Confucius / K’ung Fu Tzu
Analectes / Selected Sayings-479
When the natural prevails over the culture, it gives a savage; when culture prevails over the natural, it gives a pedant. The exact balance of the natural and the culture produces the honest man.
Confucius. Analectes / Selected Sayings
The name “Confucius” is a Latinized form of the Mandarin Chinese “Kǒng Fūzǐ” (孔夫子, meaning “Master Kǒng”), and was coined in the late 16th century by the early Jesuit missionaries to China. Confucius’s clan name was “Kǒng” (孔; Old Chinese: *[k]ʰˤoŋʔ), and his given name was “Qiū” (丘; OC: *[k]ʷʰə). His “capping name”, given upon reaching adulthood and by which he would have been known to all but his older family members, was “Zhòngní” (仲尼, OC:*N-truŋ-s nr[əj]), the “Zhòng” indicating that he was the second son in his family.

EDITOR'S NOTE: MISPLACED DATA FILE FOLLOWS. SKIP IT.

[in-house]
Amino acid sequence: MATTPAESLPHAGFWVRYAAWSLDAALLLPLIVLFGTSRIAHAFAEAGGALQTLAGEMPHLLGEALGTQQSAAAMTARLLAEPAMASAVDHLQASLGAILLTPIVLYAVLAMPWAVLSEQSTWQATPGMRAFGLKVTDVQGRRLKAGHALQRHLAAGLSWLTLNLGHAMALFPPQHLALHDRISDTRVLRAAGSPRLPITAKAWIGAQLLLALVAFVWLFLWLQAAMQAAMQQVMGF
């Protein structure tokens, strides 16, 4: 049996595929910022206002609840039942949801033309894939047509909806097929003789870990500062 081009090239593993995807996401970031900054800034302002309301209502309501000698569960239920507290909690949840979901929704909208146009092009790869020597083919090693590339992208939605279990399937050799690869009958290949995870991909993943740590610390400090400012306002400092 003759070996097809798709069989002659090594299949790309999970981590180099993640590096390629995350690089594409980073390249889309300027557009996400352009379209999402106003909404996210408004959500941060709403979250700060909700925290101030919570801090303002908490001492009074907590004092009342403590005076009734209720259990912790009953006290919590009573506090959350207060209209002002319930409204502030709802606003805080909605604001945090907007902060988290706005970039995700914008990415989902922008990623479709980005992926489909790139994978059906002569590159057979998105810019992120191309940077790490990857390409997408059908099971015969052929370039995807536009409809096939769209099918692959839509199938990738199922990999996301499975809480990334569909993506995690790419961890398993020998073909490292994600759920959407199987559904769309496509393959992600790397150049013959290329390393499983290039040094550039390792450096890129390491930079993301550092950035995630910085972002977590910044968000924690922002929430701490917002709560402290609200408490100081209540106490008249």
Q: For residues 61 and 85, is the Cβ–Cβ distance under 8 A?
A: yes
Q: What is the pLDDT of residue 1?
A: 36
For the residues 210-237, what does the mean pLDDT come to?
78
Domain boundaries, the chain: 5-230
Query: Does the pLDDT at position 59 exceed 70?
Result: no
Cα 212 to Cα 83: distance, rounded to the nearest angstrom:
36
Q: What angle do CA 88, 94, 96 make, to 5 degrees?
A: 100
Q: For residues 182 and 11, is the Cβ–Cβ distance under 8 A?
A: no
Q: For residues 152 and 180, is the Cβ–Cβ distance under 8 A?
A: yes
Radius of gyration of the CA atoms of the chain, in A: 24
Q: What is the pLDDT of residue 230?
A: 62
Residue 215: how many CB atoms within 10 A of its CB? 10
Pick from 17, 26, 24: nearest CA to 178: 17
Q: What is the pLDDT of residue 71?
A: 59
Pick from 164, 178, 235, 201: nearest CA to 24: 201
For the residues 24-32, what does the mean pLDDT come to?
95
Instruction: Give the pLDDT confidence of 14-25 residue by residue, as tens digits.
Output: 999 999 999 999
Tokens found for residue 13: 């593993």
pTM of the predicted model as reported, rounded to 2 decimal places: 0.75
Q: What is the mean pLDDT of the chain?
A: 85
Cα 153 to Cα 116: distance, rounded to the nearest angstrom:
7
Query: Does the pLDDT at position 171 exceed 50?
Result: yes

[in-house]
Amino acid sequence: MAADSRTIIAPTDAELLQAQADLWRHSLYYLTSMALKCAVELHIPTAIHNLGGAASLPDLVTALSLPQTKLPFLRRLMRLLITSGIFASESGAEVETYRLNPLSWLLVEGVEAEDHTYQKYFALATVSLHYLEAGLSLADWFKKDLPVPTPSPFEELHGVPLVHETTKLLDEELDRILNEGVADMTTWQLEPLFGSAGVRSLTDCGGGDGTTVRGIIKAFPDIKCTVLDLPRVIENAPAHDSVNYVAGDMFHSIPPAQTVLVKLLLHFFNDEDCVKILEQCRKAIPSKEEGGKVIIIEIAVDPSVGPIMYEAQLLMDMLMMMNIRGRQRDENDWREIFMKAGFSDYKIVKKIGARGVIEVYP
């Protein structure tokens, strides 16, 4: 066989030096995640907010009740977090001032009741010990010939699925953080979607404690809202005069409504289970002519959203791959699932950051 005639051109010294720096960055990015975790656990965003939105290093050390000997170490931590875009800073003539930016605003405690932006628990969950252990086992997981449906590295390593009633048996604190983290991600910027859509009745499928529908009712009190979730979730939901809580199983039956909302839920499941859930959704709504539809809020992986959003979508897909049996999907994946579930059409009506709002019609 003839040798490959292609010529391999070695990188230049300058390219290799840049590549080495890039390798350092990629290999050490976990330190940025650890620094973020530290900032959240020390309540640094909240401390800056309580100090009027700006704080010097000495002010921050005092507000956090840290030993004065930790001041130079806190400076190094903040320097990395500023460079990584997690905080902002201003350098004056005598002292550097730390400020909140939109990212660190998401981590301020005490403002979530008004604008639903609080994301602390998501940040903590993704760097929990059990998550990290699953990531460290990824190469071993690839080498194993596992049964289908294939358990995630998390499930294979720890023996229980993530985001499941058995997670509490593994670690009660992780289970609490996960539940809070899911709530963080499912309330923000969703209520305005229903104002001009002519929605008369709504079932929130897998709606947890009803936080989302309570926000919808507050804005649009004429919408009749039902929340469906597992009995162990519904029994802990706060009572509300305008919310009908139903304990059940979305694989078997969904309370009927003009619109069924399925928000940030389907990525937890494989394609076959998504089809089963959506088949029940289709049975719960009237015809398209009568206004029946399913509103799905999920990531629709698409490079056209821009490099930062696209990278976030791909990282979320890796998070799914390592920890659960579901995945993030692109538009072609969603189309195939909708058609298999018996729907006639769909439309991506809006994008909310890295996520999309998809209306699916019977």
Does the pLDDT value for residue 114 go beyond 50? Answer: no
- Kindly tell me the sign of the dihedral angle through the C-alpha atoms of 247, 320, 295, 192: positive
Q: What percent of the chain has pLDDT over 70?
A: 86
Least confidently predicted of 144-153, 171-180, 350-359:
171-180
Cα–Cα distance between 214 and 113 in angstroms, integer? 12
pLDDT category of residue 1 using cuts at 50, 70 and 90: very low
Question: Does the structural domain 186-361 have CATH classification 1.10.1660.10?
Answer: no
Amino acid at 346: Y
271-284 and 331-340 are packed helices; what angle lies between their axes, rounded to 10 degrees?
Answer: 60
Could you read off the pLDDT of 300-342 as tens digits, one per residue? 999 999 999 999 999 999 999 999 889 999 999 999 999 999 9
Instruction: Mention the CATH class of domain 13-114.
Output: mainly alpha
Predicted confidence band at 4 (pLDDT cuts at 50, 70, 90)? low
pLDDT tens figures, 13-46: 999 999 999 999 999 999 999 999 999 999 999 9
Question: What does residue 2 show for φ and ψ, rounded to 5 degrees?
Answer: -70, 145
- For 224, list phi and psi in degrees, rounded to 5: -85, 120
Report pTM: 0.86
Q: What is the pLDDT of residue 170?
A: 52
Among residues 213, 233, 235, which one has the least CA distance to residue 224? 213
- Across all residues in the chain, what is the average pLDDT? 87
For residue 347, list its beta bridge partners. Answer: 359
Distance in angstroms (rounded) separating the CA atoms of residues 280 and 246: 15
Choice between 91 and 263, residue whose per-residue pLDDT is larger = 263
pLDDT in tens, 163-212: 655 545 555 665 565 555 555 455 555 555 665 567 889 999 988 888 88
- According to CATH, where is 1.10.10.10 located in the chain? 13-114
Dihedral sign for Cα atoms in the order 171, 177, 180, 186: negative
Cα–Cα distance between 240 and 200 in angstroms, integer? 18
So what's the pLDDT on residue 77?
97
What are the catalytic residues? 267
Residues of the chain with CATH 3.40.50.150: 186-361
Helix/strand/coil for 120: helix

Confucius’s teachings were later turned into an elaborate set of rules and practices by his numerous disciples and followers, who organized his teachings into the Analects. Confucius’s disciples and his only grandson, Zisi, continued his philosophical school after his death. These efforts spread Confucian ideals to students who then became officials in many of the royal courts in China, thereby giving Confucianism the first wide-scale test of its dogma.